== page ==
MS: No, I think there is clear anger at the Senate, too, in the sense that Republican Senators, I think, are always less popular with the base than the Republican House are, and I think John McCain is a controversial figure. You know, John McCain, this so-called independent streak, the base doesn’t like it, because what it boils down to, his so-called independence, is telling you who can and who can’t express a political opinion in the six weeks before an election. So in a sense, the guns crowd, the abortion crowd, the whole bunch of them just don’t like him on a kind of…the fact that he’s basically silencing them, in what they regard as an unconstitutional manner. And I think this sort of stitch up deal is actually part of that, that the deal, in fact, has turned out to be a disaster for the Republicans in the Senate.
HH: Yes, it was. Now I’ll talk to Tony Snow about this after the break. Judges, they might be able to stop the Democrats from doing really stupid things, and the President will be able…I was with Reagan during the time that he was in opposition, and so I know you can work with an opposition Congress. You can get stuff done. But you can’t get judges past Patrick Leahy. And a Supreme Court meltdown will be like Bork II. Should we be looking forward to that?
MS: No, we shouldn’t. And in fact, Pat Leahy, I think, and I blush to speak ill of him, as I’m actually in Vermont at the moment.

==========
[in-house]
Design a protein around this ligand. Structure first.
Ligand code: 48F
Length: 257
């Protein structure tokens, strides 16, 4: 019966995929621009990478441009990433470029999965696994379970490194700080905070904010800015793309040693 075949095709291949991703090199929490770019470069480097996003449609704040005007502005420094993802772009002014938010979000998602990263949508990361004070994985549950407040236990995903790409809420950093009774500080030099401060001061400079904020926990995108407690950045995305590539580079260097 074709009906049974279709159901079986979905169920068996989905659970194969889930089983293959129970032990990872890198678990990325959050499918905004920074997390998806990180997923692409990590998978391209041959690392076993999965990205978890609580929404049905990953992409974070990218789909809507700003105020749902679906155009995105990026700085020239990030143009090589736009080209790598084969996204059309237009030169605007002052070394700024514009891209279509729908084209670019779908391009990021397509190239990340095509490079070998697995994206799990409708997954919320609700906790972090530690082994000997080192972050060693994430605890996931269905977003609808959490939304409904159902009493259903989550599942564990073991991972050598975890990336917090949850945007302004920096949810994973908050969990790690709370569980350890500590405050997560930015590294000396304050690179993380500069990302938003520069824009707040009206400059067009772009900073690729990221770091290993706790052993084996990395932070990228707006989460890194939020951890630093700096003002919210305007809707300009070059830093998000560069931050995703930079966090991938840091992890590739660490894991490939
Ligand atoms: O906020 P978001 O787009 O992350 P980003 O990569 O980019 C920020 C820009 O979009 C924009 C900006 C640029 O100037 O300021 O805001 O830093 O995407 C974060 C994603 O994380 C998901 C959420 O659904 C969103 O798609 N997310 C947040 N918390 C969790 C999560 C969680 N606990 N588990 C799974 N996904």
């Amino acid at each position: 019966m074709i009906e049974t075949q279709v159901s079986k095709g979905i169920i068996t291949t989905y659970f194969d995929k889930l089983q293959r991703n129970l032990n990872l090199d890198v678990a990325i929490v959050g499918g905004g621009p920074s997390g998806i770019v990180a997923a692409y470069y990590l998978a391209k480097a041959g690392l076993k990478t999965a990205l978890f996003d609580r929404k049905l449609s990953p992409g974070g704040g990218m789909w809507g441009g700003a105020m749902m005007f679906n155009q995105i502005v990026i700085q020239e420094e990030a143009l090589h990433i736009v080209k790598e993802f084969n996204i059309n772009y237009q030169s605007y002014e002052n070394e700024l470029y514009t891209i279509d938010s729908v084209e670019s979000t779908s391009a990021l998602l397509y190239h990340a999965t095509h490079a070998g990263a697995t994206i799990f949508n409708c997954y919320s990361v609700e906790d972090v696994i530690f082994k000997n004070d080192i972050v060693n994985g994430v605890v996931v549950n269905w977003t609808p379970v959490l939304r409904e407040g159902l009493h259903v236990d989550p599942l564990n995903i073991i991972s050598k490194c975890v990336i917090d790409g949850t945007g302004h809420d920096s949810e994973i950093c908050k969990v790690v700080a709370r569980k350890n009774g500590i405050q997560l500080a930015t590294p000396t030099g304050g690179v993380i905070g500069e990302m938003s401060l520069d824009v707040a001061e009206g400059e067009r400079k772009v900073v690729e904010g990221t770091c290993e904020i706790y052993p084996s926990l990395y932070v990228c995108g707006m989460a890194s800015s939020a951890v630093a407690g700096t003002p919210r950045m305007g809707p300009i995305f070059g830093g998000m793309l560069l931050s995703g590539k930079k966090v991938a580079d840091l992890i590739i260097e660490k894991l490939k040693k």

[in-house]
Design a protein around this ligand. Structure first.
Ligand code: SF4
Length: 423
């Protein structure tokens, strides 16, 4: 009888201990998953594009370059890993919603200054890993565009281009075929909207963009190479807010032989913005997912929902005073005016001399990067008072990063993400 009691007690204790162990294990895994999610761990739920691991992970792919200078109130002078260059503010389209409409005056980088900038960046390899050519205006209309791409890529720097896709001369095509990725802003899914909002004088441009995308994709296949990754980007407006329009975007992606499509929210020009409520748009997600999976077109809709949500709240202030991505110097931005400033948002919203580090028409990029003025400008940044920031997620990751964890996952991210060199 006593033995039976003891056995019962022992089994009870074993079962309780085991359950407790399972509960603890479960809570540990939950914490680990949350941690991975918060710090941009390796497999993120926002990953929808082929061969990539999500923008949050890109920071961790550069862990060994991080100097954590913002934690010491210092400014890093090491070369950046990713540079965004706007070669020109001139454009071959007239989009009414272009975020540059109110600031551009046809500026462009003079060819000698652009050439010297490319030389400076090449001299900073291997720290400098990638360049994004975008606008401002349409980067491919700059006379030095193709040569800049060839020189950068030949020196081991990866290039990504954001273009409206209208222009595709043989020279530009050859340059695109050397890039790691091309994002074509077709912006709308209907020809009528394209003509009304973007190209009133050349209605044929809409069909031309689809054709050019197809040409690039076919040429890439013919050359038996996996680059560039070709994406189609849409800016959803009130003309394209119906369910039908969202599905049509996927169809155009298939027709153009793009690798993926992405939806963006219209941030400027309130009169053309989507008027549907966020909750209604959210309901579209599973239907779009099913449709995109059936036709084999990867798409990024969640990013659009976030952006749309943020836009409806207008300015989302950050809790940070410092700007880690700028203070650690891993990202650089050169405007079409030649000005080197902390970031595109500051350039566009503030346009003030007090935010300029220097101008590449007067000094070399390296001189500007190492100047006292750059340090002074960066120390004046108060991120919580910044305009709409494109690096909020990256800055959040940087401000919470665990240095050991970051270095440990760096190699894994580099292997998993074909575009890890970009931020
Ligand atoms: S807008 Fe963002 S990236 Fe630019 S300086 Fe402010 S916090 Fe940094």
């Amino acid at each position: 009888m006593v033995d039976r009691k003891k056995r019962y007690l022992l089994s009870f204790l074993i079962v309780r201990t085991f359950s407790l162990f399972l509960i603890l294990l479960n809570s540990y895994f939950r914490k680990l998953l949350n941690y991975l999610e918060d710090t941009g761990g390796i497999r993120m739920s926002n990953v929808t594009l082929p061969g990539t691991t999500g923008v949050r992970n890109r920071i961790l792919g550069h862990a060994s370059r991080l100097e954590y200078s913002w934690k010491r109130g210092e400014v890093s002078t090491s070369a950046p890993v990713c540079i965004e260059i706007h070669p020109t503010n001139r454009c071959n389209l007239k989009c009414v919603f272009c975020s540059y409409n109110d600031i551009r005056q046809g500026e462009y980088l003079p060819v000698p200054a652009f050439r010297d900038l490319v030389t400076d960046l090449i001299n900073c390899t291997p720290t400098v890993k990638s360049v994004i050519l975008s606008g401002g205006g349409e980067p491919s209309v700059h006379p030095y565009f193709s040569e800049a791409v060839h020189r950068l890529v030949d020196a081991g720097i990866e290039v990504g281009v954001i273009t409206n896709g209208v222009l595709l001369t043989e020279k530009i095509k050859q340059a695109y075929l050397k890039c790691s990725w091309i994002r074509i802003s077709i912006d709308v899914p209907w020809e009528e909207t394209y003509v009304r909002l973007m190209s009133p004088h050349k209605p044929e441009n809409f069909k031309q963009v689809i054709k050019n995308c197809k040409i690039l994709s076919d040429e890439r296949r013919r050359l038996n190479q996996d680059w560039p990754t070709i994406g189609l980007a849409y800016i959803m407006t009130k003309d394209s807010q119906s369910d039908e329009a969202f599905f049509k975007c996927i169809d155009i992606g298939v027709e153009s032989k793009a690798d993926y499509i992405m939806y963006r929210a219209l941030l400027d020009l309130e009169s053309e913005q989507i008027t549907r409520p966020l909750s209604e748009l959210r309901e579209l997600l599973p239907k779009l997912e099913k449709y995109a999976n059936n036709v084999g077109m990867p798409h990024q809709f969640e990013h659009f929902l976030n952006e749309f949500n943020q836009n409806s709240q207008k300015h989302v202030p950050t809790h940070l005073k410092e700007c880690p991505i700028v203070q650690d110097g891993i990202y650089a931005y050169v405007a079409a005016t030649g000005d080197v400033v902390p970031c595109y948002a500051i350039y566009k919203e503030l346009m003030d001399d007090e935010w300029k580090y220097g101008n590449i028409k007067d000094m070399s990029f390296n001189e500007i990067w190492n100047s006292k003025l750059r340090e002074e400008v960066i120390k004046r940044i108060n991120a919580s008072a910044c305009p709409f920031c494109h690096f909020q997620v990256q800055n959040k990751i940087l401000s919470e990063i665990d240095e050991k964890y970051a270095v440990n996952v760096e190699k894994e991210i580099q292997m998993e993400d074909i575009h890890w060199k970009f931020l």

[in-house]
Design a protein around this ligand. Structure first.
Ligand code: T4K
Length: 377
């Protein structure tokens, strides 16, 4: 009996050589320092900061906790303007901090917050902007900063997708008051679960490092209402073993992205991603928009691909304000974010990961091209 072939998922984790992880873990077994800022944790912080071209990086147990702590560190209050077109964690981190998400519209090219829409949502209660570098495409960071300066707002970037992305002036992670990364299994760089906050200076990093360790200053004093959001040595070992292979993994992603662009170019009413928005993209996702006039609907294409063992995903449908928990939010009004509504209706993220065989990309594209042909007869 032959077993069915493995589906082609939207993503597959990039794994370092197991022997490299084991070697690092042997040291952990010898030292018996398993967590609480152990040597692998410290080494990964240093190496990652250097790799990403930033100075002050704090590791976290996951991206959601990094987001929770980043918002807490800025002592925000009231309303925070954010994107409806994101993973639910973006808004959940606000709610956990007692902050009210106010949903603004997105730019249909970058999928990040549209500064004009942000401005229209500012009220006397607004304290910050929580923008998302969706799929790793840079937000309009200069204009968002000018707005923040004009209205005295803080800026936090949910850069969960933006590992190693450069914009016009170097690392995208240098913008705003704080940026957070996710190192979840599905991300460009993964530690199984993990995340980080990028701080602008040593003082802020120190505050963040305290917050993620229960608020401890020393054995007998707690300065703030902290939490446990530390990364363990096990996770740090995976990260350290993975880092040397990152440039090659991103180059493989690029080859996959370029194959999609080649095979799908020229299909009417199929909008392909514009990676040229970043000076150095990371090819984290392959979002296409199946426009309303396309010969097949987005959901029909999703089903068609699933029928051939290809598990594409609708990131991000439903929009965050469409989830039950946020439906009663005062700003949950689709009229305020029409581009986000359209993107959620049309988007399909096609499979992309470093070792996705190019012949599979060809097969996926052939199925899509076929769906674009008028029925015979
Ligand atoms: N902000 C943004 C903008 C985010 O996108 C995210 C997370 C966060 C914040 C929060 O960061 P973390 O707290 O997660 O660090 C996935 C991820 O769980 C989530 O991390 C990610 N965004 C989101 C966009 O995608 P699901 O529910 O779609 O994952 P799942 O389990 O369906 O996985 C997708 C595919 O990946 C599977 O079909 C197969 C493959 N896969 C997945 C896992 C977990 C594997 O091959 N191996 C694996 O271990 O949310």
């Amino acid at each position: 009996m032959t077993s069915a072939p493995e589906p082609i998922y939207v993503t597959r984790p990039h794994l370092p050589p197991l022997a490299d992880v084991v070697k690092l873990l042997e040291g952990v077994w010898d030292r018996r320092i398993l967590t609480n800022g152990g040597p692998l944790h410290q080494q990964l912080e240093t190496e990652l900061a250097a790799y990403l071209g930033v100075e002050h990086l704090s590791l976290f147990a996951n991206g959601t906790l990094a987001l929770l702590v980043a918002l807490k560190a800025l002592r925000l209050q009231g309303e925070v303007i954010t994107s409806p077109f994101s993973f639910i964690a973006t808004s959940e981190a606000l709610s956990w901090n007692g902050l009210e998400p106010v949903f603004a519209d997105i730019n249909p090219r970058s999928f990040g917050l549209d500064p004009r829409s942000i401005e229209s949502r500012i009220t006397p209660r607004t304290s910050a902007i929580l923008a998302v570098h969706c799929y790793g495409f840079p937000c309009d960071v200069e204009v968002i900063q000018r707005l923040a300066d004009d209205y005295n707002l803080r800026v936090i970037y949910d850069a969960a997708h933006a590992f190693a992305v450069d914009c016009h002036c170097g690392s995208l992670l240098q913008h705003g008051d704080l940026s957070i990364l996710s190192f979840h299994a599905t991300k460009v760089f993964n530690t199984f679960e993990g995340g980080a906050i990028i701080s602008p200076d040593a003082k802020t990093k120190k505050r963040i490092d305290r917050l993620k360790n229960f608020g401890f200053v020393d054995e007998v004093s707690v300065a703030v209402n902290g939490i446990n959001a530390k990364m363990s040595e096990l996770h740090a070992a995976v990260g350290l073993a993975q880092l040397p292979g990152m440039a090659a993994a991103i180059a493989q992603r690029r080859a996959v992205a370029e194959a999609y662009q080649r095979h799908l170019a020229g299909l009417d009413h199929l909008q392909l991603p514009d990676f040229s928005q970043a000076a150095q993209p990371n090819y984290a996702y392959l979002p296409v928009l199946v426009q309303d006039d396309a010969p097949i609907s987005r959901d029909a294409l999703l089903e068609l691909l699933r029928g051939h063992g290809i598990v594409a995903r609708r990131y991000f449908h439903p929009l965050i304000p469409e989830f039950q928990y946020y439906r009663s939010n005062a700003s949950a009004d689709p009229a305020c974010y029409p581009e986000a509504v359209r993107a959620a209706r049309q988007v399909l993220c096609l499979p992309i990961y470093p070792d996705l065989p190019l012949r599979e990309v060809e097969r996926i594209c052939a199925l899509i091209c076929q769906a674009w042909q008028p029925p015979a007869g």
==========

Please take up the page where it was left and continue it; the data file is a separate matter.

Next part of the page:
MS: But I think we saw Pat Leahy behave in the months after September 11th, when he was chair of the Judiciary Committee, and in the Senate. The Democrats still controlled the Senate at that point, in that Fall of 2001. And he did not behave in any kind of serious responsible or bipartisan manner, all the usual stuff, in that period. And if they didn’t get that kind of attention from him in the Fall of 2001, they’re certainly not going to get it five years later.
HH: Do you expect Bush to stand and fight for conservative judges? Or to go along to get along?
MS: I’m worried. I mean, the tone of the press conference was go along to get along, and it seemed almost explicitly designed to aggravate the base even more by talking about the great possibilities of getting some kind of immigration deal, or illegal immigration deal, amnesty deal. I don’t think that is what the base wants to hear right now.
HH: How about the idea, though, that he’s playing rope-a-dope, that he knows, and I know, and you know, they’re not going to be able to keep their happy face on, the Democrats. They’re not going to be able to control their outlandish left wing loonies, and…
MS: Well, well, I think this idea that there’ll be…oh, Nancy Pelosi’s going to be such a disaster that it’ll be a Republican landslide in 2008, I think you’d be surprised. With a friendly media, and Nancy Pelosi, and Harry Reid biting their tongues when it suits their purpose, you’ll be seeing a lot of stories about the change of tone in Washington in the New York Times and the Washington Post suddenly appearing. This idea that they’ll fall flat on their face, and the Republicans will come sweeping back in, in 2008, that’s a false comfort. That’s almost as absurd as the other straws that were clutched at during the last couple of months.
HH: (laughing) So we have no straws at all, huh?
MS: Well, no. You’ve got to find a better straw. You need to build a better straw. When the camel’s back is broken, you need a really tough straw to pull it out of a swamp, to mangle all my Arabic metaphors.
End of interview.